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Education opportunities in golden age at MacDill

by Nick Stubbs
Thunderbolt staff writer
Photo by Nick Stubbs

Staff Sgt. Anthony Lourent gets some advice from Coyt Hargus, a guidance counselor with the Education and Training Flight. Getting students on track and keeping them there is a top priority.

While some may not realize it, MacDill is making major advances in its quest to become a world-class center of military education opportunities. The goal is a little closer now that the base has a new, fully-equipped, multi-purpose laboratory and a satellite-equipped classroom that will receive the first-ever off-duty education course. Both will be put to use this fall as MacDill closes in on its goal of becoming a beacon of education opportunities.

The new lab will be utilized by Hillsborough Community College for the first anatomy and physiology course held on base. The satellite system will receive the first remote learning broadcast into MacDill for off-duty education - a Vietnam history course taught by a retired Marine general.

The two new educational opportunities are "exciting and open a lot of opportunities up" said Maryruth Hicks, chief of education and training at MacDill, and will likely further stimulate the already surging interest in education opportunities here.

While she laments that some MacDill servicemembers don't seem to be aware of the offerings and opportunities, many have recognized they are smack in the middle of the golden age of Air Force education opportunity.

Air Force base/ college campus

MacDill enjoys perhaps the greatest number of education options of any Air Mobility Command base due to 89 certified or accredited schools and tech centers within 50 miles of the base, said Ms. Hicks. That combined with the move in 2002 to push tuition assistance from 75 to 100 percent has led to all-time enrollment highs, she said.

"We have seen a big jump (since tuition coverage went to full) and a lot more interest the last couple of years," said Ms. Hicks. "Enrollments have about doubled from 1,000 or so to about 1,800."

MacDill has four colleges on base: Embry Riddle Aeronautical Institute, campuses of Hillsborough Community College, Saint Leo College and Troy State University. Embry Riddle and Troy State offer graduate programs. Saint Leo offers undergraduate studies and HCC offers one-year certificates and two-year degrees. Fred D. Learey Technical School, also on base, provides various tech certifications.

With high-profile courses like anatomy, and now the ability to sit in on private and public education satellite courses, she suspects interest will surge even more. And with work under way now to bring an MBA program to the base, perhaps by fall 2005, the future looks even brighter, Ms. Hicks predicts.

What if I'm deploying?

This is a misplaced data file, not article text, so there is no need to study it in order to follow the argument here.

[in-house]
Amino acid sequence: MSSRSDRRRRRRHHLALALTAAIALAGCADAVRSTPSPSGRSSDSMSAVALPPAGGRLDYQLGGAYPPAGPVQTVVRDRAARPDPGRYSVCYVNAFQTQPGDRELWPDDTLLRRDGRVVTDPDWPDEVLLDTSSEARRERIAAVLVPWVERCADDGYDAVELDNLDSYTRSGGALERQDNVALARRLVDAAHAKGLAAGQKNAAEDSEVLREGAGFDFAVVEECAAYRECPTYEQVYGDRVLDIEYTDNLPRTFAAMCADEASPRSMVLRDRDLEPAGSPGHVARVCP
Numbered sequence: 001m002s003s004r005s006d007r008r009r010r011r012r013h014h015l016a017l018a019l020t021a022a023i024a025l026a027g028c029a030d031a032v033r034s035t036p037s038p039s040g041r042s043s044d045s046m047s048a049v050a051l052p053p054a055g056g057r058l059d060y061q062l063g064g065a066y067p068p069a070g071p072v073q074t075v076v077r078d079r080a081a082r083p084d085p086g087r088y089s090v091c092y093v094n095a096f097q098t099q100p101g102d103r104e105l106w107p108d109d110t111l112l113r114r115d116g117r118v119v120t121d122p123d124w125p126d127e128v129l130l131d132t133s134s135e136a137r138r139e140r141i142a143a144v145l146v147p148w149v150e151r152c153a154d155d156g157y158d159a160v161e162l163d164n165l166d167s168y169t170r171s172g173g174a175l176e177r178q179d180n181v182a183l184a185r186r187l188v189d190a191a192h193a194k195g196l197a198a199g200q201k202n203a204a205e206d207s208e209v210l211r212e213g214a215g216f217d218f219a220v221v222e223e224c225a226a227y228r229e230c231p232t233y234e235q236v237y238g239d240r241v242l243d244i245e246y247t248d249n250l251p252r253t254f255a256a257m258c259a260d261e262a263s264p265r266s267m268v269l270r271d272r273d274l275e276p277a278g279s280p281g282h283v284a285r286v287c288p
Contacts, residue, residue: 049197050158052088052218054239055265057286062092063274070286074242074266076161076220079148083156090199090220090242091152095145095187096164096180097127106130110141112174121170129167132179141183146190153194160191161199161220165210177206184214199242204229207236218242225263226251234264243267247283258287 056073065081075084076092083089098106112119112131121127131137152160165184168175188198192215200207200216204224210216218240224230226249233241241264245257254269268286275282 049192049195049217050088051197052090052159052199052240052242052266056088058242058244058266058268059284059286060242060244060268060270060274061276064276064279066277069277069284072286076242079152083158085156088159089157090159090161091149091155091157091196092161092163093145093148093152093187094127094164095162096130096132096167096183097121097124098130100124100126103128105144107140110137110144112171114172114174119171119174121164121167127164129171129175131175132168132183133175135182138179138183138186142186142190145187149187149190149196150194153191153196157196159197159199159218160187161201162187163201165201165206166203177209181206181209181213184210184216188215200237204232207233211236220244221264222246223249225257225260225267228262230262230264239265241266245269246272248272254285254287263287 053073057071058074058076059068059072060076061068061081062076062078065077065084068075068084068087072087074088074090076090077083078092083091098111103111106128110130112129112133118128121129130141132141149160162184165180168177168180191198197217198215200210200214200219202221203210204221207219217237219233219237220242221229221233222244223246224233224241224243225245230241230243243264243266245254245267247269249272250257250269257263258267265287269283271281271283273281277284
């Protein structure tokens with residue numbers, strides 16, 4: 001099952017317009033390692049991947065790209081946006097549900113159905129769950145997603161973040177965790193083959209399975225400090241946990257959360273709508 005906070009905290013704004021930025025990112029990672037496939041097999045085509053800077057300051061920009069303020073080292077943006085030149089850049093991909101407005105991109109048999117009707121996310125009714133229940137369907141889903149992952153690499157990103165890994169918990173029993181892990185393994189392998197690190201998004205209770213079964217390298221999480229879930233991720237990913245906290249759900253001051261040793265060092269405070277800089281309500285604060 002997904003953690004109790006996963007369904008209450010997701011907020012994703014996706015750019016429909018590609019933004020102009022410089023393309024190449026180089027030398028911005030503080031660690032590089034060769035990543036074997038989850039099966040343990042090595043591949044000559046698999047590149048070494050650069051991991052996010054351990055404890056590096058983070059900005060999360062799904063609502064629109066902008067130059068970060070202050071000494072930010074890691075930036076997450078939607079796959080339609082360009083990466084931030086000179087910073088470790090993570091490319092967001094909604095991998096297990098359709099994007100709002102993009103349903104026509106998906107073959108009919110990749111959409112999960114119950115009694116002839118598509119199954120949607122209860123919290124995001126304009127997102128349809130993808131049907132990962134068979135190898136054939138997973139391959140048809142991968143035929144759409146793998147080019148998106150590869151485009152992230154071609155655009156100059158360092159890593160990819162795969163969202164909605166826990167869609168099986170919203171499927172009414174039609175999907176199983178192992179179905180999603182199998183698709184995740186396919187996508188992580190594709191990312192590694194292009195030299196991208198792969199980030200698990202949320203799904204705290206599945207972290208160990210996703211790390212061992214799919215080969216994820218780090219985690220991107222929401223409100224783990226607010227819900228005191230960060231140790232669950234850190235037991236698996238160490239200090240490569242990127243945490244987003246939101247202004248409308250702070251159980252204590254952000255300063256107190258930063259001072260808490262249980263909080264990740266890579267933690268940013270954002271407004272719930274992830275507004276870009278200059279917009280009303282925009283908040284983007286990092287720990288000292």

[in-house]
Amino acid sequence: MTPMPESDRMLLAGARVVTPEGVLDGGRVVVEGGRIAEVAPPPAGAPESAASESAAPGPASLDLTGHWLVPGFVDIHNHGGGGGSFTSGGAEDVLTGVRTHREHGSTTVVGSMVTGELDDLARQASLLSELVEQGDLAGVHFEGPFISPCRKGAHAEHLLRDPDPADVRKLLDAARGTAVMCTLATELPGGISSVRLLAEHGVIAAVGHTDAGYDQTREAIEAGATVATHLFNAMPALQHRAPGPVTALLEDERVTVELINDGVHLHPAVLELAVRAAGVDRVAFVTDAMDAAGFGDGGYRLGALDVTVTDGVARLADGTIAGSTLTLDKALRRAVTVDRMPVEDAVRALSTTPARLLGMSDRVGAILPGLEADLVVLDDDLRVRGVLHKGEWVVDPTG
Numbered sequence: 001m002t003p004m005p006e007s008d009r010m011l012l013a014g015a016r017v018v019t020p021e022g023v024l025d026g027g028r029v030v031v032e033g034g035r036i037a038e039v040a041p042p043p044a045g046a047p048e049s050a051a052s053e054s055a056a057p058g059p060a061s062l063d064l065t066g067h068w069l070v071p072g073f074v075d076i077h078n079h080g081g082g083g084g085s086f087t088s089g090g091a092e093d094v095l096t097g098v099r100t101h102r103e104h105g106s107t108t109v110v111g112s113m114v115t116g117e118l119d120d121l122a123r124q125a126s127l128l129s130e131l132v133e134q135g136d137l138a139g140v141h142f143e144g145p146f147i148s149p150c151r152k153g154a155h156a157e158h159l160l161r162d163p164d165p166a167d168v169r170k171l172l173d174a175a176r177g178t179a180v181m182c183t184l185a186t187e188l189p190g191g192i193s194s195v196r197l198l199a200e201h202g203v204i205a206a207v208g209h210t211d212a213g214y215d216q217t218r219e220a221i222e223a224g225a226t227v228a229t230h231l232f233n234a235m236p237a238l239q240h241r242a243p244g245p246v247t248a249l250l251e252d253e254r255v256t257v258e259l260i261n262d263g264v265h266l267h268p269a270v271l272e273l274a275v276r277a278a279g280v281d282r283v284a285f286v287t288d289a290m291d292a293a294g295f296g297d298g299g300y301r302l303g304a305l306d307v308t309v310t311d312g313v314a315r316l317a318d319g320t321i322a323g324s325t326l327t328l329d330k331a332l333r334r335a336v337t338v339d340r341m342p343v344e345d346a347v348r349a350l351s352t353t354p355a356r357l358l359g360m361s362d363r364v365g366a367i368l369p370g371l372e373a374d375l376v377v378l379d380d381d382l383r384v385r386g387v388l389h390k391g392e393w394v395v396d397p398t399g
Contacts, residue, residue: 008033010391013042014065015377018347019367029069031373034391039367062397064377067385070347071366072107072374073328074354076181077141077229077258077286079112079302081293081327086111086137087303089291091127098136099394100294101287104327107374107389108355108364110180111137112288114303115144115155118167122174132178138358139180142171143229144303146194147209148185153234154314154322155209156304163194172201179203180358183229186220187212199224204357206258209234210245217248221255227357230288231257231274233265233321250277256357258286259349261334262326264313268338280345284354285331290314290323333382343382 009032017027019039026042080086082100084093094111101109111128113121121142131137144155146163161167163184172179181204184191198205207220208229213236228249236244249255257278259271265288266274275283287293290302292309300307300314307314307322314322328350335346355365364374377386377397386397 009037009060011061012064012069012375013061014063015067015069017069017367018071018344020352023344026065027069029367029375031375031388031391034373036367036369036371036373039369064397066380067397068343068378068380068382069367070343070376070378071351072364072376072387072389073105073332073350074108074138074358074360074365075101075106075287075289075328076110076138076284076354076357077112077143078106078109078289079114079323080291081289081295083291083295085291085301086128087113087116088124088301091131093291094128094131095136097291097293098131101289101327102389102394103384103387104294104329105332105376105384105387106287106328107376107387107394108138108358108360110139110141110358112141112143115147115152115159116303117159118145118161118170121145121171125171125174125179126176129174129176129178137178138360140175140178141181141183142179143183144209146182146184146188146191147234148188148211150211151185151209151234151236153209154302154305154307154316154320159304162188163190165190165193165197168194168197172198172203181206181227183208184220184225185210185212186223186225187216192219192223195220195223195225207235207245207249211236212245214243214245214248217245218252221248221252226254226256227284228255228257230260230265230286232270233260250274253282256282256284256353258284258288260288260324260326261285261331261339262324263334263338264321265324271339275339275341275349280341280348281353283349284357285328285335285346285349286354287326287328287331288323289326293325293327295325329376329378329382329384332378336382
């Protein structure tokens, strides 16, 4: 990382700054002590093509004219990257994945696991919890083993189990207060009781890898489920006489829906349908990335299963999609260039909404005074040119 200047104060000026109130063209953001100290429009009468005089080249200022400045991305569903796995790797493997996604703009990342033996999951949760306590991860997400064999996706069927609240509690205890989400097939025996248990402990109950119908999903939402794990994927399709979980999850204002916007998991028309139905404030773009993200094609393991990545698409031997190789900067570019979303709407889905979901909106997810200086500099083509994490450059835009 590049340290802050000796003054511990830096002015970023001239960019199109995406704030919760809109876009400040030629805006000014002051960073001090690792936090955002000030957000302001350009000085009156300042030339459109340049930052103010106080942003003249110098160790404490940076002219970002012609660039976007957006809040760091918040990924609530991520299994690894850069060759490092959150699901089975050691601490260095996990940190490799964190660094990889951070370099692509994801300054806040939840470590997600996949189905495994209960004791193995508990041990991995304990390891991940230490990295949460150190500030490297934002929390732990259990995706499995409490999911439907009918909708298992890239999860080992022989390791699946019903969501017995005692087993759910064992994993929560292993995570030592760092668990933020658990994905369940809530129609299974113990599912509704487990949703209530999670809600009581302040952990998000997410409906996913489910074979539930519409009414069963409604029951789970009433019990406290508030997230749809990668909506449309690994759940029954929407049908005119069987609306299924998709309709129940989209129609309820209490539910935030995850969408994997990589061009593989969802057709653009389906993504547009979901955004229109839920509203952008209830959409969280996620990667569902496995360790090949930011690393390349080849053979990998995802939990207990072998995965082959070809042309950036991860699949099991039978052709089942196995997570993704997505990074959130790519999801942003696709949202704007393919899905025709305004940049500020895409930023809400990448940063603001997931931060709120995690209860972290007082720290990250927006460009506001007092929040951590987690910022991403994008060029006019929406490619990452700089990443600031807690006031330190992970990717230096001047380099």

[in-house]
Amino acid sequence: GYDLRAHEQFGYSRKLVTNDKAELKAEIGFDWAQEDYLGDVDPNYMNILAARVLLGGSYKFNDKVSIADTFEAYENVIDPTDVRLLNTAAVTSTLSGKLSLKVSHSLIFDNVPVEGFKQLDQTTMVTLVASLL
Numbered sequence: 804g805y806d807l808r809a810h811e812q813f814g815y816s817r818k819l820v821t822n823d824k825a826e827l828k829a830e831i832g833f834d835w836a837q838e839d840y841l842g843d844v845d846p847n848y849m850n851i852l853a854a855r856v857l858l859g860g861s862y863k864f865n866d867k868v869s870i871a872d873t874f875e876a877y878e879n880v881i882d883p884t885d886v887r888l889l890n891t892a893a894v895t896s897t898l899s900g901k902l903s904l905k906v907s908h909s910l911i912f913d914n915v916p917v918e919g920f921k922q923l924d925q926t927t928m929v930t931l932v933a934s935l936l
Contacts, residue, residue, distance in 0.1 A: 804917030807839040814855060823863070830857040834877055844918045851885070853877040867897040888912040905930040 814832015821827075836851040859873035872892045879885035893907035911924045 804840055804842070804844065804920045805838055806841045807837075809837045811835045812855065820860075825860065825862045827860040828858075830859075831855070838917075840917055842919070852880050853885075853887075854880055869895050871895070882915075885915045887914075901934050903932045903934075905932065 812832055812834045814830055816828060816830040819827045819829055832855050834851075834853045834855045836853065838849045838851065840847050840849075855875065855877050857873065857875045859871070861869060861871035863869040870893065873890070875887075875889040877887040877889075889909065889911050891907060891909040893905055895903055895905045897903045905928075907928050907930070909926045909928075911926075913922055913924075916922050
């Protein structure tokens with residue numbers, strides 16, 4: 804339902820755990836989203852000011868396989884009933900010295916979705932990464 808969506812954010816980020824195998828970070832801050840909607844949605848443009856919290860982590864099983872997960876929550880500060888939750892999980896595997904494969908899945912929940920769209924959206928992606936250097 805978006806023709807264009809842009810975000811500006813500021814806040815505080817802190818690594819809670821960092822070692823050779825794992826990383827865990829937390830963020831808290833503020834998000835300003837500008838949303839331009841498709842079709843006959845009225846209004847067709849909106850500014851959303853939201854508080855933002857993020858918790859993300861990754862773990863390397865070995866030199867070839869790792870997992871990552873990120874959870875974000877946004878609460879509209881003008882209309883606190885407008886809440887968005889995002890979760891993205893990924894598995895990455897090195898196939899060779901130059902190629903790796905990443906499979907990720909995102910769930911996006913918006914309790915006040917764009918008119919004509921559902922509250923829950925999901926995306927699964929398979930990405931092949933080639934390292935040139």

Among the additions is a new program in which those being deployed to Germany can take their driving course at MacDill. Upon arrival in Germany, the certificate allows for quick processing and servicemembers can be issued their license very quickly. The course taken in the education building (base library building) on computer, is part of a trend to go "paperless," said Ms. Hicks, who added that by the fall, all paper courses and testing are expected to be phased out.

Computers also are providing a previously unattainable level of flexibility in education, allowing even the deployed to continue studying. Many servicemembers in Iraq and other overseas locations are logging on and working toward their degrees, a process MacDill's education experts help facilitate by ensuring students work only with accredited distance learning schools.

Staff Sergeant Mark Holcomb, an airborne communications systems operator with the 310th Air Lift Squadron, says the time has never been better for Airmen seeking a degree. He completed two Associate degrees this year and will have his Bachelor's by December. From there he will work toward a Master's, in technical management at Embry Riddle.

"I've seen the funding (for education) go up from 75 to 100 percent and all you have to do is sign your name to take advantage of it," said Sergeant Holcomb.

He notes that the deal for Airmen is unbeatable but the Air Force gets a lot in return.

"In the Air Force they encourage you to aim high and this program gives you the opportunity to rise up," said Sergeant Holcomb. "You are investing in your future but also investing in the Air Force and if you are willing to press on with it (the school work) the Air Force is there to support you."

It's not just young people

Among the other trends in education within the military is an increase in the number of older students. With a new program which provides full tuition for technical or vocational certification, even officers as high as colonel with master's degrees under their belts take advantage of the opportunities.

"It's not just the young people getting an education now," said Ms. Hicks. "Everyone is joining in and taking advantage of what's being offered."

Another trend is for state education head hunters to scout the Air Force for teachers. Each quarter the state visits the base seeking teacher candidates. "They (the state) want military teachers because they like their leadership ability," said Ms. Hicks.

For those in the Air Force "there just hasn't been a better time than now when it comes to getting an education," said Ms. Hicks. "Financially and from the aspect of convenience it doesn't get much easier."




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